Back in January we gave Sonic & All-Stars Racing Transformed a "good" rating, calling it a "entertaining burst of nostalgia-drenched fun" while noting a few downsides as well. If those minuses were enough to dissuade you from its original $4.99 asking price, you'll be happy to know that Sega's spirited race is now free to play on iOS as of today.
Crazy Taxi is meant to be played in short bursts — which makes sense given that it started out as a quarter-munching arcade game. The pick-up-and-play nature of Crazy Taxi makes it ideal for mobile devices, as the 2012 iOS version illustrates. But as fun as that game was, it was still just a port. Now Sega has a brand-new entry in the franchise that was made specifically for mobile devices — Crazy Taxi: City Rush.
A reimagining of the 1990 Sega Genesis game of the same name, Castle of Illusion Starring Mickey Mouse is a creative, whimsical platformer featuring the world’s most recognizable rodent. The action is as traditional as it gets — Mickey runs and jumps through predominantly side-scrolling levels, all the while hopping on baddies, grabbing collectables, and leaping over bottomless pits — but the gameplay stays compelling and fun thanks to well-designed stages, interesting environments, and ample charm.
Blending a borrowed approach from Mario Tennis with elements from Sega's own Virtua Tennis franchise, Sega Superstars Tennis is an entertaining bit of fan service that delivers on-the-court action plus a bevy of racquet-based mini-games with Sonic the Hedgehog and compatriots in tow. Recently ported to Mac by Feral Interactive more than five years after its debut on console systems, this colorful affair serves up simple and approachable tennis action, and is decent fun for fans of Sega's back catalog.
Using your device’s front-facing camera, Go Dance turns your iPhone or iPad into a motion-capturing sensor, providing you with a dance game experience like you’d normally find on home consoles. While the game looks and plays like the popular Just Dance titles, it only comes with two songs and lacks distinct features to choose from. Go Dance may not be very robust, but its simple controls and cheap price tag make it easy for any iOS device owner to get up and groove.
On consoles, The House of the Dead: Overkill took one of the most well-trodden premises imaginable – shooting zombies in first-person, on rails – and used it to create one of the most memorably over-the-top games of all time. Taking tropes from grindhouse horror movies and cranking them to ridiculous levels, HotD:O was gruesome, hectic, and – as its characters awkwardly shoehorned f-bombs into nearly every sentence – so deliberately crass that it was impossible to see it as anything other than a comedy. The iOS version, subtitled The Lost Reels, scales all that back considerably.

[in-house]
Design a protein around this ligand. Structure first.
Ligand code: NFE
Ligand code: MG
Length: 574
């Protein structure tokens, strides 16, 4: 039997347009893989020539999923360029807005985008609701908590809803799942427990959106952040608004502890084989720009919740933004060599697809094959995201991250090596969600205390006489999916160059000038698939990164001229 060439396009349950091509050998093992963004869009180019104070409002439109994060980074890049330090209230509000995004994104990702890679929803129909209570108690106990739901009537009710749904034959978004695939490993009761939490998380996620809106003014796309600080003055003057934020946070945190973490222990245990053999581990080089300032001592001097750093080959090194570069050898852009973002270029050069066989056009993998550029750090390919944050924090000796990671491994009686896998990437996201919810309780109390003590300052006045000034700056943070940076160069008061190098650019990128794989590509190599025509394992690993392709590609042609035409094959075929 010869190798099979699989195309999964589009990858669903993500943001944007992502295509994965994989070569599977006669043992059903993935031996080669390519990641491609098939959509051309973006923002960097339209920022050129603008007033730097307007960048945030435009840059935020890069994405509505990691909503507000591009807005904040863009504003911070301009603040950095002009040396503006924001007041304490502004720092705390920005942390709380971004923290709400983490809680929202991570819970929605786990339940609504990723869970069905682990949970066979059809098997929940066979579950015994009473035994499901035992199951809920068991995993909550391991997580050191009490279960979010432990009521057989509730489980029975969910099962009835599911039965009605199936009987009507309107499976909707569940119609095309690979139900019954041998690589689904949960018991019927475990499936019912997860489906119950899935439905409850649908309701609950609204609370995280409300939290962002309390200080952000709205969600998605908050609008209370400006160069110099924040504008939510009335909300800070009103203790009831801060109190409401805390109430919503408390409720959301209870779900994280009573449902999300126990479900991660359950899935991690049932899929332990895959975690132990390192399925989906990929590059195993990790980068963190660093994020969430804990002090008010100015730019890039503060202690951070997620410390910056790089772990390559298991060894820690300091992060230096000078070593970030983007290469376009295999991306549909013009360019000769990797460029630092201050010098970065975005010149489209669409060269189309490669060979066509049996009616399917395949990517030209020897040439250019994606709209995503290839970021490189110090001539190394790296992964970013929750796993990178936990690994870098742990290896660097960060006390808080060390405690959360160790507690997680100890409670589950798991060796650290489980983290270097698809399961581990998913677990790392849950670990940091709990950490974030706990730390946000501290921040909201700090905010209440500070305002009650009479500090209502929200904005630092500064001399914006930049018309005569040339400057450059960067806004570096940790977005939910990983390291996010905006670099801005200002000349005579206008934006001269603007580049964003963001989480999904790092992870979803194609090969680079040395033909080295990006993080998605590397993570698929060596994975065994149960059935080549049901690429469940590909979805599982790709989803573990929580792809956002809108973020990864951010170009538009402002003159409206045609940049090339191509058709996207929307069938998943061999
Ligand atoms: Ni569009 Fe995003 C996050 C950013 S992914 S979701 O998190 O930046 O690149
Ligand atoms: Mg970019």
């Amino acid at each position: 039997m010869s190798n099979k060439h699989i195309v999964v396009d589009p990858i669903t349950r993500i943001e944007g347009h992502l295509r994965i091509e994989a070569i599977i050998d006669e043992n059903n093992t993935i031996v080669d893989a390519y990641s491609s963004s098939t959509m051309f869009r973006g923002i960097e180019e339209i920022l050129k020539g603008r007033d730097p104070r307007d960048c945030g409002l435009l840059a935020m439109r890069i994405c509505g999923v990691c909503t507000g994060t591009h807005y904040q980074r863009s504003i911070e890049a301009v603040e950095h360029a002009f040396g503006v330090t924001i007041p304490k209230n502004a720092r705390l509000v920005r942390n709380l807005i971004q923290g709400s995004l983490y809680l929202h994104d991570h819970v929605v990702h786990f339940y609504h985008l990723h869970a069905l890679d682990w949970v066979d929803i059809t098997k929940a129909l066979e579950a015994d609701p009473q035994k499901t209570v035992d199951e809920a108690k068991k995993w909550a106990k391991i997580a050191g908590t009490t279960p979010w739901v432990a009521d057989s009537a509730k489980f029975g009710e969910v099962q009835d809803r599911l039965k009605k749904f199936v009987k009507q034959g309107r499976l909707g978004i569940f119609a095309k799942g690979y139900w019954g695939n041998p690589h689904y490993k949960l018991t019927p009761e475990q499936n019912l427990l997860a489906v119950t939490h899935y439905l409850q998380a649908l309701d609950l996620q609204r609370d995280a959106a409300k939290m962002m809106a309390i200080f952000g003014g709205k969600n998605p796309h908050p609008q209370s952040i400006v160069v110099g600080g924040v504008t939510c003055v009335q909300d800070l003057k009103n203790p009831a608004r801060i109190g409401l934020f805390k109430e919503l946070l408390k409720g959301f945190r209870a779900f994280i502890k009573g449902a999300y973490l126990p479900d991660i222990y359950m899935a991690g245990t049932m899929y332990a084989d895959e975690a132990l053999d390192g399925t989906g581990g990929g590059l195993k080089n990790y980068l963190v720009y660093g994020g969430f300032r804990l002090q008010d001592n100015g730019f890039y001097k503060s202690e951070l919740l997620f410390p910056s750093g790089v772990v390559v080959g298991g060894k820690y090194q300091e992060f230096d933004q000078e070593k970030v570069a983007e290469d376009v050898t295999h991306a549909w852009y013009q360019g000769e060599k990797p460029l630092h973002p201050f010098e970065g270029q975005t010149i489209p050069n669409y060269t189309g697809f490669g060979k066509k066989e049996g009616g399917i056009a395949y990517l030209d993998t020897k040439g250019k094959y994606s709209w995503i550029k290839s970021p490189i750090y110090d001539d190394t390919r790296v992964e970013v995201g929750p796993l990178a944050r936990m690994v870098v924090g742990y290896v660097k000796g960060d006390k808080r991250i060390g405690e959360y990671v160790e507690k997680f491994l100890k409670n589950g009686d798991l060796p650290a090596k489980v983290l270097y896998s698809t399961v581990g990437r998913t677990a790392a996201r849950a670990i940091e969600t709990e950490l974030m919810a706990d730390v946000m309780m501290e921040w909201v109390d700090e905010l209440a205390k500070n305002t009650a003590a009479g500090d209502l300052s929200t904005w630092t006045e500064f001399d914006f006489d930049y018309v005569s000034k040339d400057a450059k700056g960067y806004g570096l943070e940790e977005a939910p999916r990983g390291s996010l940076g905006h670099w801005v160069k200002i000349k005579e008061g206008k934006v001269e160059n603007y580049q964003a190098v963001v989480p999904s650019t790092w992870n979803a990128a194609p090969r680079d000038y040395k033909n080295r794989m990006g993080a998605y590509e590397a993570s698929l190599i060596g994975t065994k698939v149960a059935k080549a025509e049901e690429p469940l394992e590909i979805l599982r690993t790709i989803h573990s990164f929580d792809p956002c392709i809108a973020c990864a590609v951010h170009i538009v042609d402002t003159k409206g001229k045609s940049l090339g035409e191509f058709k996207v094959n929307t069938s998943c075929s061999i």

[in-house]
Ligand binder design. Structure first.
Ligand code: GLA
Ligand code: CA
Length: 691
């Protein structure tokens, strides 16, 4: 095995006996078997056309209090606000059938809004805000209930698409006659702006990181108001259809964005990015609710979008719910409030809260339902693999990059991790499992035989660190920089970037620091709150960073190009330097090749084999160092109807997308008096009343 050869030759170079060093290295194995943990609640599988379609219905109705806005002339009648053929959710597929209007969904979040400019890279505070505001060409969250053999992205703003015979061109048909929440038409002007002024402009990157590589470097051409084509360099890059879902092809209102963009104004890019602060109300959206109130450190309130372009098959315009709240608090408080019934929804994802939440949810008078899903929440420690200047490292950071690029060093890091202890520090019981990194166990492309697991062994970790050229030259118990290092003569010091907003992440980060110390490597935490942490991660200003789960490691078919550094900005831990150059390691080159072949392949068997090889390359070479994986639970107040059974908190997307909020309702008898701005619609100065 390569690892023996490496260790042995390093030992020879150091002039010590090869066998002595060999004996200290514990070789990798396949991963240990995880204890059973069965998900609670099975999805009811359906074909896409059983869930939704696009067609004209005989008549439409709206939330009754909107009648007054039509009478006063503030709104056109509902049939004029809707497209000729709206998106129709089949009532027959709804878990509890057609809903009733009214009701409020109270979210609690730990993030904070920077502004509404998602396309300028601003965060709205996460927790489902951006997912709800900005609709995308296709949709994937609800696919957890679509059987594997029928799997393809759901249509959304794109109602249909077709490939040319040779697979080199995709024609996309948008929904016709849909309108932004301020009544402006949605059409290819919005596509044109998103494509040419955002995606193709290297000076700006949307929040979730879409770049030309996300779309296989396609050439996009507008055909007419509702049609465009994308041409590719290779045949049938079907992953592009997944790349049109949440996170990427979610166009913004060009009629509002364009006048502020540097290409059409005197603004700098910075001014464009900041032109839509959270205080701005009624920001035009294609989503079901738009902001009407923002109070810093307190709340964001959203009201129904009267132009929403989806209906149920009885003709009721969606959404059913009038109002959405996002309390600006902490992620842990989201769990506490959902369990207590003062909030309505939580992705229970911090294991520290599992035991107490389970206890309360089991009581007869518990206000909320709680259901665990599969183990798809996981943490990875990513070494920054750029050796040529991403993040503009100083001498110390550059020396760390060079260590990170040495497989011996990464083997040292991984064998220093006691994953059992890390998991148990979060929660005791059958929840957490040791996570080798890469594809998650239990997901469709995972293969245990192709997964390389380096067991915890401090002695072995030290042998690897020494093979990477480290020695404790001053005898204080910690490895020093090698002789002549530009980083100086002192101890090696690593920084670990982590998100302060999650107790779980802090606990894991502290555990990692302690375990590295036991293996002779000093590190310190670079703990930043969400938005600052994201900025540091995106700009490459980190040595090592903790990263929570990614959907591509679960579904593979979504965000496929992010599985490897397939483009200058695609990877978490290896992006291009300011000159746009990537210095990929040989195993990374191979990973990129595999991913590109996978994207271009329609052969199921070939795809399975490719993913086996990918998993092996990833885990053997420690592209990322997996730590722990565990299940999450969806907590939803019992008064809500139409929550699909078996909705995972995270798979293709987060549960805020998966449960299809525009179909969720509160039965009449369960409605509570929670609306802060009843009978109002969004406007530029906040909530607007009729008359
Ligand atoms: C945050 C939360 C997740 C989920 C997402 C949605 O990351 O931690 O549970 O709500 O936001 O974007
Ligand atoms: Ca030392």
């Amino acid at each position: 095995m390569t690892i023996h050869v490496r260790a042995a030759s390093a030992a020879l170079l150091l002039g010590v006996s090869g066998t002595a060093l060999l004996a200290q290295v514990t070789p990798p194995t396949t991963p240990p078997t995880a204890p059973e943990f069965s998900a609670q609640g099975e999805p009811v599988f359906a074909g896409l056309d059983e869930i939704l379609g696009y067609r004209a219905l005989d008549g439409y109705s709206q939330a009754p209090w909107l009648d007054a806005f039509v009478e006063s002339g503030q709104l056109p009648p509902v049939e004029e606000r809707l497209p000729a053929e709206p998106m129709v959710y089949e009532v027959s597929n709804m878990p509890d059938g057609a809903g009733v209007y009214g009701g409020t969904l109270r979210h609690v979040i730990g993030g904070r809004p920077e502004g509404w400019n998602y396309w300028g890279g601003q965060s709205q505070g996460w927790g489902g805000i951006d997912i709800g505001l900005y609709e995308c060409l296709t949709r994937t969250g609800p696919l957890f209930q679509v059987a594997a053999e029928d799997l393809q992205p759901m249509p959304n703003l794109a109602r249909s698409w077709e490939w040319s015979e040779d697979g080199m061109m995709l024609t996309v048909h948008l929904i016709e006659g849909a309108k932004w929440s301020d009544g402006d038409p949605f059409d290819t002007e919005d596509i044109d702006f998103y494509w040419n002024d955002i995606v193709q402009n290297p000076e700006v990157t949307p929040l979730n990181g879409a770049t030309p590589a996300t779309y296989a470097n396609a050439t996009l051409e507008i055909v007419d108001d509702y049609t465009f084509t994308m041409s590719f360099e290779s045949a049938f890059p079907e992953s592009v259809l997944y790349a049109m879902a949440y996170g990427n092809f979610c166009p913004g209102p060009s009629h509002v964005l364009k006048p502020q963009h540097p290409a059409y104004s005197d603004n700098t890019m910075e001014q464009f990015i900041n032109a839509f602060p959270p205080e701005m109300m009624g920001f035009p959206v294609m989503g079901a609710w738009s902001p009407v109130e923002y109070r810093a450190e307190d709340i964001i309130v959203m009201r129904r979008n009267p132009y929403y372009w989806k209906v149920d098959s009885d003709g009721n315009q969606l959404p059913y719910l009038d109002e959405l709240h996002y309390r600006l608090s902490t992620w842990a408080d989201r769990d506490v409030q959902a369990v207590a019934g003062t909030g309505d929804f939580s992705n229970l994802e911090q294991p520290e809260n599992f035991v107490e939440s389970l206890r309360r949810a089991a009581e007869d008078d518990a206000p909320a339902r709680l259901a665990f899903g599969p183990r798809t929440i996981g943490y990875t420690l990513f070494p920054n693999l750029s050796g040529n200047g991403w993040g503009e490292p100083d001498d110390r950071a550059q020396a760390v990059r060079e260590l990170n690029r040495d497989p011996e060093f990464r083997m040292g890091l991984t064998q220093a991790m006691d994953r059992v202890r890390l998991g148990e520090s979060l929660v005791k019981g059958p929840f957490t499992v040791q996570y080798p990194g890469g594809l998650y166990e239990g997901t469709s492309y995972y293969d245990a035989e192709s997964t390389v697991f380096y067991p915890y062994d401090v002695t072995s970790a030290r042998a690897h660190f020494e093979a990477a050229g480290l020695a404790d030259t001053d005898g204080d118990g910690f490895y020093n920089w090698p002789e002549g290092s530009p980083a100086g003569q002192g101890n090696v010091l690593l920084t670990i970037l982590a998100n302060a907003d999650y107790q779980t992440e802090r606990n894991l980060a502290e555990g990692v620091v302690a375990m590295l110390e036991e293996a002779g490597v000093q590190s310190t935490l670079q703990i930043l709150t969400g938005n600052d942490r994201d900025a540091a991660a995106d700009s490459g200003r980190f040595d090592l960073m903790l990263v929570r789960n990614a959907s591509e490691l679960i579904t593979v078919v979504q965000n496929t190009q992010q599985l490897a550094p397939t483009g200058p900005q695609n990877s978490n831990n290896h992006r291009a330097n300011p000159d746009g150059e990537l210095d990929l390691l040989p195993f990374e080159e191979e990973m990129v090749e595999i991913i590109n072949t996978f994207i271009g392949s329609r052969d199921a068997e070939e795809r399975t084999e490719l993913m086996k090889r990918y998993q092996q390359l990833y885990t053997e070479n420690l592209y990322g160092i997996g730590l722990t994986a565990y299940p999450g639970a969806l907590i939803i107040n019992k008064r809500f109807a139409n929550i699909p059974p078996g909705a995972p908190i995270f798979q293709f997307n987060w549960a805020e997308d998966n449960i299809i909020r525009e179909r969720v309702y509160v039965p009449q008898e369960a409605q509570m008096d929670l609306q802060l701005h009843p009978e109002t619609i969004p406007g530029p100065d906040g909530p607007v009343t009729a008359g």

Sonic the Hedgehog's rough modern history on consoles is well-documented, and his traditional iOS entries have likewise been hit-or-miss. Lately, Sega's tried to improve the blue blur's fortunes on the App Store by pairing his iconic look and abilities with tried-and-true mobile formulas. Sonic Jump aped the Doodle Jump formula with middling results, and now Sonic Dash aims to put the hero into a behind-the-back endless runner. While it's certainly a better thematic fit than the former title, this awkward entry never quite finds its footing.
Sometimes, you don't want things like "depth" or "complexity" from a game. Sometimes it's enough to control something very fast as it fills the sky with explosions, and in that regard, After Burner Climax delivers beautifully. An iOS port of a 2006 arcade shooter, Climax keeps it fairly simple: as the pilot of one of three high-end fighter jets, your job is to target and destroy everything in front of you until it is no longer in front of you. And even if that doesn't sound appealing, the ridiculous speed and raw destructive capability Climax offers may be enough to draw you in.
Back in 2000, Jet Set Radio was nothing short of groundbreaking, with slick cel-shaded graphics, a fantastic soundtrack, and a skate-punk aesthetic that seemed daring in the pre-Grand Theft Auto III era. Twelve years after its release on Sega’s Dreamcast console, it’s been popping up again on nearly every available gaming device — including, most recently, the iPhone, iPad, and iPod touch.
Sonic the Hedgehog's many previous App Store exploits have all been ports of past favorites or newer multiplatform releases, so to see Sega pursue a brand new mobile experience in the form of Sonic Jump is encouraging. Granted, as you'll notice immediately from the screenshots, "new" may not be the best word to describe a title that pays very obvious tribute to Doodle Jump and its ilk. That's not necessarily a problem, as Namco Bandai showed that such a pairing can work wonders with Pac'n-Jump, but Sonic Jump doesn't quite find the sweet spot between its disparate origins.